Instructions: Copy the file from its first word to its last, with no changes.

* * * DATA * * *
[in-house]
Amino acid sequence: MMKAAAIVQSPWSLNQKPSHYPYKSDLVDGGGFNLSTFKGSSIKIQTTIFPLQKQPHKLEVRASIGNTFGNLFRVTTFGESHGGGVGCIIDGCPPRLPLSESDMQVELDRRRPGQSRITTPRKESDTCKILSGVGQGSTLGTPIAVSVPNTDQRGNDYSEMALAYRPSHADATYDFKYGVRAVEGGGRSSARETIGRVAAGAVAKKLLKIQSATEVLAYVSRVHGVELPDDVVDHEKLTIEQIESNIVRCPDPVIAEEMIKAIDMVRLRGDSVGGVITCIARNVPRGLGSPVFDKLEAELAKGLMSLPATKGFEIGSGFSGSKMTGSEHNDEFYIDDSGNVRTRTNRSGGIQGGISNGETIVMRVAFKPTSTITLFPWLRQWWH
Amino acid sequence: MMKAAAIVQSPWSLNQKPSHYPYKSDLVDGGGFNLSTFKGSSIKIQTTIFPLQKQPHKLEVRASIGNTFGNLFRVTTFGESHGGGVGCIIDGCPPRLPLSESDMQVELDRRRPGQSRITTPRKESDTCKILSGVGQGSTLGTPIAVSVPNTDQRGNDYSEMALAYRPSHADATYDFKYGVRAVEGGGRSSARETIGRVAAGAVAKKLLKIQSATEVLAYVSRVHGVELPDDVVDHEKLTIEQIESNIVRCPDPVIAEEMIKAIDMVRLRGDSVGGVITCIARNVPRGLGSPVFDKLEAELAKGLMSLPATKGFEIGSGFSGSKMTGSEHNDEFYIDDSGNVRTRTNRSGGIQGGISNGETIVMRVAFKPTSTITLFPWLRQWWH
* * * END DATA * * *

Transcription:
[in-house]
Amino acid sequence: MMKAAAIVQSPWSLNQKPSHYPYKSDLVDGGGFNLSTFKGSSIKIQTTIFPLQKQPHKLEVRASIGNTFGNLFRVTTFGESHGGGVGCIIDGCPPRLPLSESDMQVELDRRRPGQSRITTPRKESDTCKILSGVGQGSTLGTPIAVSVPNTDQRGNDYSEMALAYRPSHADATYDFKYGVRAVEGGGRSSARETIGRVAAGAVAKKLLKIQSATEVLAYVSRVHGVELPDDVVDHEKLTIEQIESNIVRCPDPVIAEEMIKAIDMVRLRGDSVGGVITCIARNVPRGLGSPVFDKLEAELAKGLMSLPATKGFEIGSGFSGSKMTGSEHNDEFYIDDSGNVRTRTNRSGGIQGGISNGETIVMRVAFKPTSTITLFPWLRQWWH
Amino acid sequence: MMKAAAIVQSPWSLNQKPSHYPYKSDLVDGGGFNLSTFKGSSIKIQTTIFPLQKQPHKLEVRASIGNTFGNLFRVTTFGESHGGGVGCIIDGCPPRLPLSESDMQVELDRRRPGQSRITTPRKESDTCKILSGVGQGSTLGTPIAVSVPNTDQRGNDYSEMALAYRPSHADATYDFKYGVRAVEGGGRSSARETIGRVAAGAVAKKLLKIQSATEVLAYVSRVHGVELPDDVVDHEKLTIEQIESNIVRCPDPVIAEEMIKAIDMVRLRGDSVGGVITCIARNVPRGLGSPVFDKLEAELAKGLMSLPATKGFEIGSGFSGSKMTGSEHNDEFYIDDSGNVRTRTNRSGGIQGGISNGETIVMRVAFKPTSTITLFPWLRQWWH